Sunday, July 6, 2008

Book List for Writers Part 2

This was originally a response to Fairyhedgehog, who asked whether I would recommend any books from the book list in my last post. My response was so long, I decided just to make another post out of it.

I've only read a few books on that list. I suppose they would work for any writer, fantasy or not. They're just meant to show some of the weird things people have believed over the years. I think they would work well for science fiction writers, too. Definitely. Here's what I've read so far:

Mad Travelers: sounds interesting at first glance, and the subject matter is fascinating. It's a book of true cases of people who go into trances and travel, mostly by walking. Some people wind up traveling thousands of miles. When they "wake" they have no idea where they are or how they got there. The debate seems to be whether the patients had multiple personalities or some other mental illness. Overall, while the subject matter was intriguing, it was a somewhat dull read. But I may go back and give it another shot. I have trouble reading certain texts on the train, and that's where I read it.

The Serpent and the Rainbow was a pretty good and engaging read. It's about Haiti and voodoo and its practices and the zombie cult. This one was turned into a horror movie, which I've yet to watch. I'd recommend this one. It's less sensational than the film (I would think), as it goes into historical and anthropological reasons for the belief in zombies. Kind of spooky, but nothing over the top.

The Song Lines is about Bruce Chatwin's travels across Australia. It's also a loose history regarding the Aboriginal belief that the world began with a song. I liked reading this one a lot, because I've come across this idea in literature (most notably in The Chronicles of Narnia). It's a little disjointed, as some of it reads like a journal, but still enjoyable.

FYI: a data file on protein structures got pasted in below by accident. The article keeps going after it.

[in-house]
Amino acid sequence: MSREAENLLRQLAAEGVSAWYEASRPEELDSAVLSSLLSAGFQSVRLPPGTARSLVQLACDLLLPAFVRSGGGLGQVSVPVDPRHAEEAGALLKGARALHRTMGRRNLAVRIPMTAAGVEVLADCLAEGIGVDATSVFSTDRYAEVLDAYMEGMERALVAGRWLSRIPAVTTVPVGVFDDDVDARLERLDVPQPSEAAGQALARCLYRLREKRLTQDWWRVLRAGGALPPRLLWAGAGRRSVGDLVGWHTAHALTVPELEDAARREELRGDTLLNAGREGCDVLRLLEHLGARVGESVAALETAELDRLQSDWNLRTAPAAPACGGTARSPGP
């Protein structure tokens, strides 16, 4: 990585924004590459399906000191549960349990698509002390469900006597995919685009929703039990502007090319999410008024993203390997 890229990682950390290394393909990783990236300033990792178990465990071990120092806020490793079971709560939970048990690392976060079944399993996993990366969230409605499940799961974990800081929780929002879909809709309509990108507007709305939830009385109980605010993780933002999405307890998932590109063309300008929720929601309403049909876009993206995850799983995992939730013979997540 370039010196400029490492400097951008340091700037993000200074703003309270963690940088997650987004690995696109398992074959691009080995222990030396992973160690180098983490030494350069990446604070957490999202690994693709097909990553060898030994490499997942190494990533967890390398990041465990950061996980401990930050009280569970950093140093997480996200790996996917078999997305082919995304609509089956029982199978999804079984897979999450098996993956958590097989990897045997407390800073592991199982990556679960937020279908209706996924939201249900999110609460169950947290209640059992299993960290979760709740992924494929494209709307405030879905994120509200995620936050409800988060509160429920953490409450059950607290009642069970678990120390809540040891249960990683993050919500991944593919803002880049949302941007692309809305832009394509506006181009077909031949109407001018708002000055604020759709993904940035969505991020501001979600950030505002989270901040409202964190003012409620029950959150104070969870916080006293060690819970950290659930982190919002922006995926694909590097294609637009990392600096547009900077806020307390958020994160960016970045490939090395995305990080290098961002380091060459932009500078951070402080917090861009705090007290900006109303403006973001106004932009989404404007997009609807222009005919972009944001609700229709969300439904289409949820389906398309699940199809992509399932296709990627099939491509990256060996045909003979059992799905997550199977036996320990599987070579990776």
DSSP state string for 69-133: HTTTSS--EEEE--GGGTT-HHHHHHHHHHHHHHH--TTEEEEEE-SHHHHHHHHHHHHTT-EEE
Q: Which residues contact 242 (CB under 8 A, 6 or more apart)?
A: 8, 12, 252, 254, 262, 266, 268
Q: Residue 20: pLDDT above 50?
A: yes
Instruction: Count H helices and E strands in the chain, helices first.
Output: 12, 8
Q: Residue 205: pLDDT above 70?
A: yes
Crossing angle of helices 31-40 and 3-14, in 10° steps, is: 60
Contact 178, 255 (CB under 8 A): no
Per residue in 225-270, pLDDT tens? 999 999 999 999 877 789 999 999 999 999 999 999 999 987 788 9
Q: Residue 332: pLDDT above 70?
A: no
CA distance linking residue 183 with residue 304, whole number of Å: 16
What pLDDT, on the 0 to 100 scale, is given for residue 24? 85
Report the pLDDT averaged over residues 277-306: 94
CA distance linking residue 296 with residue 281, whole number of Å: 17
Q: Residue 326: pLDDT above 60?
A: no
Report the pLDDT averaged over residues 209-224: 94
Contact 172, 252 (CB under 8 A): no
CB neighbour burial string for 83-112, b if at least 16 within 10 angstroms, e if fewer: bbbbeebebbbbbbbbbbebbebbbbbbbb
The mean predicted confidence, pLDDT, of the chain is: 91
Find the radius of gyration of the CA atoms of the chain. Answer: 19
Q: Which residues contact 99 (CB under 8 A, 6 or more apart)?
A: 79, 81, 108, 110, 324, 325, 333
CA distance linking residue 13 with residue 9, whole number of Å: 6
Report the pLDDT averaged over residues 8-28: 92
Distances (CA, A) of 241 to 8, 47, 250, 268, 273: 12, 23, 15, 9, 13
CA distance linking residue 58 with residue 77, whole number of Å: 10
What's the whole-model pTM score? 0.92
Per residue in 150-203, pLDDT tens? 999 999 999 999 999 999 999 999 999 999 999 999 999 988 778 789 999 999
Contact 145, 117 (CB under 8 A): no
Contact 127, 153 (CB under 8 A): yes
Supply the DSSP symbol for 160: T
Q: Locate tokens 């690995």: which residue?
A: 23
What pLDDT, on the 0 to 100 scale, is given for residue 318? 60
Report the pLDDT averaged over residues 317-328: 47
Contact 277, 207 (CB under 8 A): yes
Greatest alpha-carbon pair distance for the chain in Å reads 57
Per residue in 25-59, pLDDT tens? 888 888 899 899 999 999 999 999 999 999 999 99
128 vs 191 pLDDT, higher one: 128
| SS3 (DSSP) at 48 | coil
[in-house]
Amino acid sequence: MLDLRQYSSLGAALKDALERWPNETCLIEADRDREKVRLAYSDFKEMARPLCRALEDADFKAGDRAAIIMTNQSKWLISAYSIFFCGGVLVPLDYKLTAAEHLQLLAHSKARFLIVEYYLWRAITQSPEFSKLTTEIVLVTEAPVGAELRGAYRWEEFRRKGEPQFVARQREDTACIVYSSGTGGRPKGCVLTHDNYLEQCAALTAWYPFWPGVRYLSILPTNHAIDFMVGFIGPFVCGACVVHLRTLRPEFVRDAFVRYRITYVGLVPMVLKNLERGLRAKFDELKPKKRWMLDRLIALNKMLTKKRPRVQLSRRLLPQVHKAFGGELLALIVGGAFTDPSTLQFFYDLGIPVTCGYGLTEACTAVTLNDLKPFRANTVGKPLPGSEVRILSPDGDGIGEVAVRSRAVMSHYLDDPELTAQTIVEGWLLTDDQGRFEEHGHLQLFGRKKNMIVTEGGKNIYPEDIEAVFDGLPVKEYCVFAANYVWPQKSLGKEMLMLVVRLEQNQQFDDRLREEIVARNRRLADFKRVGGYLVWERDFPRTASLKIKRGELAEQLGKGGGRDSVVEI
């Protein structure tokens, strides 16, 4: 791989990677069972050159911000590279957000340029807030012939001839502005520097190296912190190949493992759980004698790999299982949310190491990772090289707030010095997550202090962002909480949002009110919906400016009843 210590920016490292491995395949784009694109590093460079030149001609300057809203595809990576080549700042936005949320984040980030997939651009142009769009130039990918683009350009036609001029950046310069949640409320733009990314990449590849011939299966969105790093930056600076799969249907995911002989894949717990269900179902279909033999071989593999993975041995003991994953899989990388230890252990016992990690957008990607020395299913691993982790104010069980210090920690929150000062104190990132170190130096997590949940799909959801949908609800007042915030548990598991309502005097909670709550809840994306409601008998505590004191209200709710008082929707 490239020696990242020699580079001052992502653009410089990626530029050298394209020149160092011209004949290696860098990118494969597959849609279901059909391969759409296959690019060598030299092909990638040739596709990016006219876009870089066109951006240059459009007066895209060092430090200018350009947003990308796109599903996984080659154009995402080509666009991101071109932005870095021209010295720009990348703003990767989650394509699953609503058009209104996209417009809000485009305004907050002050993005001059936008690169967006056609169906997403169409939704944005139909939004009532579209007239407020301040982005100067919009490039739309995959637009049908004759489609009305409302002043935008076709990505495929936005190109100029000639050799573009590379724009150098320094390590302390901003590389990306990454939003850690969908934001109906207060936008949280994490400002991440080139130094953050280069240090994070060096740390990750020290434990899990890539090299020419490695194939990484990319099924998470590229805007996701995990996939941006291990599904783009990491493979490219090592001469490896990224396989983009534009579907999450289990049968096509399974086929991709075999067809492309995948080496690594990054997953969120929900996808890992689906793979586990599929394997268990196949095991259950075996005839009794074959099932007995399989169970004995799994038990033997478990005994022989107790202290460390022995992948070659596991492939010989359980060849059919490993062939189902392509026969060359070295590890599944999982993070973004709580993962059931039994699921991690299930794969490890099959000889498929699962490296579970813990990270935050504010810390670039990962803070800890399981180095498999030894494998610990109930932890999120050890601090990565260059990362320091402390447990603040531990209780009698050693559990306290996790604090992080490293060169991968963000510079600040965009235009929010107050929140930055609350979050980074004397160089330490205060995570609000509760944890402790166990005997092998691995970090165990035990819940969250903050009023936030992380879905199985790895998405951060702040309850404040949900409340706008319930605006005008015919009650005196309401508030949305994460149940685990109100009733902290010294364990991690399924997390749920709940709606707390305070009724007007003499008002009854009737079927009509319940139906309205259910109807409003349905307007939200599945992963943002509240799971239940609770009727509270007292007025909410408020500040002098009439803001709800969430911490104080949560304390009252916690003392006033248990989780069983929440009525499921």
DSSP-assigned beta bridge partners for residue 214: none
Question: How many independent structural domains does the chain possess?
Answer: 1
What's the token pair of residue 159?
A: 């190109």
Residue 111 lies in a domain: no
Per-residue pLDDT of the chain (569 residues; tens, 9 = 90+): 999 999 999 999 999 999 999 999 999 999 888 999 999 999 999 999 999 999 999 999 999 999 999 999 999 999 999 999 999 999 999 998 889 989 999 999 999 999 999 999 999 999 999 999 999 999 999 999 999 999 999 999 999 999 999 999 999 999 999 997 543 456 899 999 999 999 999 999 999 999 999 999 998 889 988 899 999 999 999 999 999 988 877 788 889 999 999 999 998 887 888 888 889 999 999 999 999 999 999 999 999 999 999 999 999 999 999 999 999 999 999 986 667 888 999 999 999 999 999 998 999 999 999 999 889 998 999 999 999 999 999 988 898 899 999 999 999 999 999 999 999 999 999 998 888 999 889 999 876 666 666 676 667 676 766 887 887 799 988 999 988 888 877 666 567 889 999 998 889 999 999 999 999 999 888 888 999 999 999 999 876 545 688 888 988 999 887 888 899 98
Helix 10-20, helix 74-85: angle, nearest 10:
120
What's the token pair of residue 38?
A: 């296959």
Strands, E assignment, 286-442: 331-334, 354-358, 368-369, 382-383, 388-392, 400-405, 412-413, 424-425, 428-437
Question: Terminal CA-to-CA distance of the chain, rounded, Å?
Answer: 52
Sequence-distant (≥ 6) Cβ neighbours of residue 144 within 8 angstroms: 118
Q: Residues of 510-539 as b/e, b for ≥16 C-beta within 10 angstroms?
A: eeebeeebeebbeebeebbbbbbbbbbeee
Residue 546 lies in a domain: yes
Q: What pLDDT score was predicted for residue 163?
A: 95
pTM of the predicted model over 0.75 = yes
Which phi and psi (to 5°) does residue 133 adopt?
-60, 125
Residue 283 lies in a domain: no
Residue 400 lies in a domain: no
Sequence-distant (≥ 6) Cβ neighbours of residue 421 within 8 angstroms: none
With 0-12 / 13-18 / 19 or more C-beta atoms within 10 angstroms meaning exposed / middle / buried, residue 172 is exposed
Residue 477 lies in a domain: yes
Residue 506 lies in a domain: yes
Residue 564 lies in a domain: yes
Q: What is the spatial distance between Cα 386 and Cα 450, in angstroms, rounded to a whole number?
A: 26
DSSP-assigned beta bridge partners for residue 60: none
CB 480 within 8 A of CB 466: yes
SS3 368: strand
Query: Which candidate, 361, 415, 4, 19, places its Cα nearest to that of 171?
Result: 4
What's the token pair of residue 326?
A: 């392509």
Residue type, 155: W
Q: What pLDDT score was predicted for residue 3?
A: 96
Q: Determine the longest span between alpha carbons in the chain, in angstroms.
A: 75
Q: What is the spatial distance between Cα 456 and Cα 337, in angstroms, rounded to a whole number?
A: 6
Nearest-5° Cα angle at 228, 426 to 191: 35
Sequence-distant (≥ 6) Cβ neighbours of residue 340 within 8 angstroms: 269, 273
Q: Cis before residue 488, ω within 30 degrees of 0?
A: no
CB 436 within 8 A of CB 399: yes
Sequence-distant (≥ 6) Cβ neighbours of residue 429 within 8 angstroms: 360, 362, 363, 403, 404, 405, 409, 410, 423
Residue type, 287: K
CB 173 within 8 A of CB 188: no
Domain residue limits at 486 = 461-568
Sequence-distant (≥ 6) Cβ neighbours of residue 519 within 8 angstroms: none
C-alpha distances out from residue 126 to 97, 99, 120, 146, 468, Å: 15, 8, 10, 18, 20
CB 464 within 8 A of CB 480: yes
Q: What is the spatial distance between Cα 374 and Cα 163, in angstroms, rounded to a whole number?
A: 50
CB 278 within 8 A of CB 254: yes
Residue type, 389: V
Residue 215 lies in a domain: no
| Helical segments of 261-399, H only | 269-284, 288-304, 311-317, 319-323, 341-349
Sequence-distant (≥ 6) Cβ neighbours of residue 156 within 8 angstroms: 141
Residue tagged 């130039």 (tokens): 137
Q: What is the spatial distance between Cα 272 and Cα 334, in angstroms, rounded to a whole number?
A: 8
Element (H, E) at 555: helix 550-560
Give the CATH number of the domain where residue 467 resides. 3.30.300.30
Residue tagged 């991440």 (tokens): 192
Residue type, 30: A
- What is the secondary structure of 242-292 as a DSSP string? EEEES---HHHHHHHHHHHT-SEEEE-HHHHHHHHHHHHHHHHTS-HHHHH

I'm going back to reread 1491, a book about Native Americans and their relationship with nature, as I abandoned the book in the middle of it. This says nothing about its quality; it's quite a good read, and I'd recommend it based on what I've read so far. The writer gives a fair and balanced account (so far) of Native Americans and how the universal belief that they never tried to control or change nature or their environment is not accurate about them at all. Eventually I'll get around to reading The Night Battles, an alternative account of witchcraft and its practices in medieval Europe. But that one will have to wait, I think.

In other news, I went down to the Taste of Chicago for its last day. D had some tickets left over from when he went yesterday, and he didn't want to go again, so he gave them to me so they wouldn't go to waste. I tried a BBQ buffalo burger for the first time, sweet potato hash browns, taro french fries (asian french fries: dense mashed potatoes with a sweet breading and sweet and sour sauce), and cheesecake. Managed to spend all the tickets without having to buy more. But i felt a little nauseous on the way home. Still, it was nice to get out of the house for something other than lessons. On the other hand, I was bummed to have missed Bonnie Raitt's free concert.

EDIT: Be sure to scroll down into the comments after clicking the above link for more book suggestions.

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